01 五月 2023

Arbitration agreement, which is part of an unstamped contract, has no existence

The Constitutional Bench of the Supreme Court, comprising of 5 Judges, has on 25 April 2023, answered in affirmative the question as to whether the statutory bar contained in Section 35 of the Stamp Act, 1899 applicable to instruments chargeable to stamp duty under Section 3 read with the Schedule to the Act, would also render the arbitration agreement contained in an instrument, as being non-existent, pending payment of stamp duty on the substantive contract/instrument.  

The Apex Court was of the view that an Arbitration Agreement, which is unstamped, does not exist and an unstamped contract, containing an Arbitration Agreement, would not exist as it has no existence in law.

Observing that an Arbitration Agreement, in its own right, is exigible to stamp duty, the Court held as incorrect the findings in its earlier decision, by a 3-Judge Bench, which had held that the Arbitration Agreement being an independent contract is not chargeable to payment of stamp duty and absence of stamp duty on the substantive contract would not invalidate the Arbitration Clause or render it unenforceable, since it had an independent existence of its own.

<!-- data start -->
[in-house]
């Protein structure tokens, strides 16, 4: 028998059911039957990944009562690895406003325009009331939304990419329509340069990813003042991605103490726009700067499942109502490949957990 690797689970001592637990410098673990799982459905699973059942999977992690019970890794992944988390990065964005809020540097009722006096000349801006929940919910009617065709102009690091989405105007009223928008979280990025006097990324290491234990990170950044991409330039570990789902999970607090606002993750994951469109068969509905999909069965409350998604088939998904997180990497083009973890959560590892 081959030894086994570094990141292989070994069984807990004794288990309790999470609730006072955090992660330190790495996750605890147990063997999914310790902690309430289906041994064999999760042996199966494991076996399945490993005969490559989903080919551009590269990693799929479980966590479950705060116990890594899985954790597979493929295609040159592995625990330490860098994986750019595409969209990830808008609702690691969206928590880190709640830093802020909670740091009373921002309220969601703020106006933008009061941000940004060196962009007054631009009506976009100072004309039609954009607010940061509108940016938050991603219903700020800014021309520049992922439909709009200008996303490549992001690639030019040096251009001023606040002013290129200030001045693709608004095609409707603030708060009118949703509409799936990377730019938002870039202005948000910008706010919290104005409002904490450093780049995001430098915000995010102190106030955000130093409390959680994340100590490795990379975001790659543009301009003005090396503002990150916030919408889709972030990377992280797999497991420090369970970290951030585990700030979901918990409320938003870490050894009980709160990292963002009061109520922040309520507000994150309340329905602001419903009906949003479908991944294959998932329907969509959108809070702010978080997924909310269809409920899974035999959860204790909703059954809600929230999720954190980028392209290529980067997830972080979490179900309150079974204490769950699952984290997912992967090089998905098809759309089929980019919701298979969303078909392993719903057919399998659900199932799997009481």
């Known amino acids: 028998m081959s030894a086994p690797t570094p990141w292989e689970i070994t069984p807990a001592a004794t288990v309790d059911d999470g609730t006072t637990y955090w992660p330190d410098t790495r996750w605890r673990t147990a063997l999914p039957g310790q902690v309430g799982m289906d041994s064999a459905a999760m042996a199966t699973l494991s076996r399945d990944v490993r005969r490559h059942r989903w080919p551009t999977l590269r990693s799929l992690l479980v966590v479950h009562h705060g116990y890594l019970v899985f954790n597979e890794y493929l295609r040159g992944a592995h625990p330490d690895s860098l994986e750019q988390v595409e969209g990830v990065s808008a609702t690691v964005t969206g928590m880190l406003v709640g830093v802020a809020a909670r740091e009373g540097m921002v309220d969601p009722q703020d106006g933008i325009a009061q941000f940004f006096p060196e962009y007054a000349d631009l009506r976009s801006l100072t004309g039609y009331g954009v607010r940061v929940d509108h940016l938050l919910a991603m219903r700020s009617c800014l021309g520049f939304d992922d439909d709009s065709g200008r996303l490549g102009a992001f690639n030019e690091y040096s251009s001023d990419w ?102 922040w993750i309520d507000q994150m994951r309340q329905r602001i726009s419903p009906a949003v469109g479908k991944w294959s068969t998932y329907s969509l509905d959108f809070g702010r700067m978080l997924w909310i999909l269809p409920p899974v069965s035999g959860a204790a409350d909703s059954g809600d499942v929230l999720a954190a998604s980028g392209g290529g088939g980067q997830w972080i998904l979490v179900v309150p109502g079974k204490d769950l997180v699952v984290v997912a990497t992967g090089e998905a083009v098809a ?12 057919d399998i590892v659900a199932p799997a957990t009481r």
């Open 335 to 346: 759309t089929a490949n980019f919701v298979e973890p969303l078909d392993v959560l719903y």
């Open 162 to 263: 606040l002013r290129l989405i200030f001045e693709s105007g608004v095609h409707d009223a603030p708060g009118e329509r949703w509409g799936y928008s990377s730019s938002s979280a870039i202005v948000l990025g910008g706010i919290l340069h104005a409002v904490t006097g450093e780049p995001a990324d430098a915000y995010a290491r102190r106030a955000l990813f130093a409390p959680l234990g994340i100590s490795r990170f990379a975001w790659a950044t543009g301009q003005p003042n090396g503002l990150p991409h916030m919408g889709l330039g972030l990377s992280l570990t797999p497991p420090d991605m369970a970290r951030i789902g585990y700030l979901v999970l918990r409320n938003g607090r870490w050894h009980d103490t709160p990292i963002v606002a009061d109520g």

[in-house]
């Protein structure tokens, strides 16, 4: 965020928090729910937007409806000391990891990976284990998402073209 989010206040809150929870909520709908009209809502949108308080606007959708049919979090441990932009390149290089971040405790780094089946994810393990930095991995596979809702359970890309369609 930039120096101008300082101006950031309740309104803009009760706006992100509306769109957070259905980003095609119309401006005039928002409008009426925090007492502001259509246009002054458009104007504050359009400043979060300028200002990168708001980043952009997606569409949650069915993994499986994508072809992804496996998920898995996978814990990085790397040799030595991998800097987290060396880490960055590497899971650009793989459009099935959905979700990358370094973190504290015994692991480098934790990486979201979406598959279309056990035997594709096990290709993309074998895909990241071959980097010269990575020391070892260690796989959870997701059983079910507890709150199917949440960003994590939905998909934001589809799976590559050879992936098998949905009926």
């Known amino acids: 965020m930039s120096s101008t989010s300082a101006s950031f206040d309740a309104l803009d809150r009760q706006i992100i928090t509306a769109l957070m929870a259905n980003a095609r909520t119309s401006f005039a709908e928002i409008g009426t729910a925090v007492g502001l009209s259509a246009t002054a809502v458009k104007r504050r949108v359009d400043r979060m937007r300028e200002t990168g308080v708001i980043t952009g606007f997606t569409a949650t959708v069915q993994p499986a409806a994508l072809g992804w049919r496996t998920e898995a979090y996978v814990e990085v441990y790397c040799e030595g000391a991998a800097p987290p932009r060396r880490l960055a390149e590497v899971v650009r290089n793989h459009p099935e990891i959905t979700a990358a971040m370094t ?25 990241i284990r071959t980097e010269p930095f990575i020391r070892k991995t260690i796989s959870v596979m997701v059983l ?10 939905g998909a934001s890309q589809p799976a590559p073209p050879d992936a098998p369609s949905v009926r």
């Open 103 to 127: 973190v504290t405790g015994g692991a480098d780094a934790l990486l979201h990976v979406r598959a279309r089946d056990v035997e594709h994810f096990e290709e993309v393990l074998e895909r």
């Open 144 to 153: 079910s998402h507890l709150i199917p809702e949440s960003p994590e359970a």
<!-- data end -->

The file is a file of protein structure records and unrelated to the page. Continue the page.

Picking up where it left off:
The Court in the case N.N. Global Mercantile Private Limited v. Indo Unique Flame Ltd. observed that an agreement, which is unenforceable on account of a substantive law, which would include the Stamp Act, would not be a ‘contract’ (applying Section 2(h) of the Contract Act), while it held that it is only a ‘contract’ which would be the ‘Arbitration Agreement’ as contemplated in Section 11(6A) of the Arbitration and Conciliation Act, 1996. The Court held that what Section 11(6A) contemplates is a contract and it is not an agreement which cannot be treated as a contract, despite the use of the words ‘arbitration agreement’.

Answering the reference, the Court also noted that it may not be apposite to merely describe an unstamped Arbitration Agreement as a ‘curable defect’. According to the Court, as long it remains an unstamped instrument, it cannot be taken notice of for any purpose, as contemplated in Section 35 of the Stamp Act as it remains unenforceable. The 5-Judge Bench hence approved the opinion of the Court in SMS Tea Estates (P) Ltd. v. Chandmari Tea Co. (P) Ltd., as reiterated in Garware Wall Ropes Ltd. v. Coastal Marine Constructions & Engg. Ltd. and approved in Vidya Drolia v. Durga Trading Corpn.

Browse articles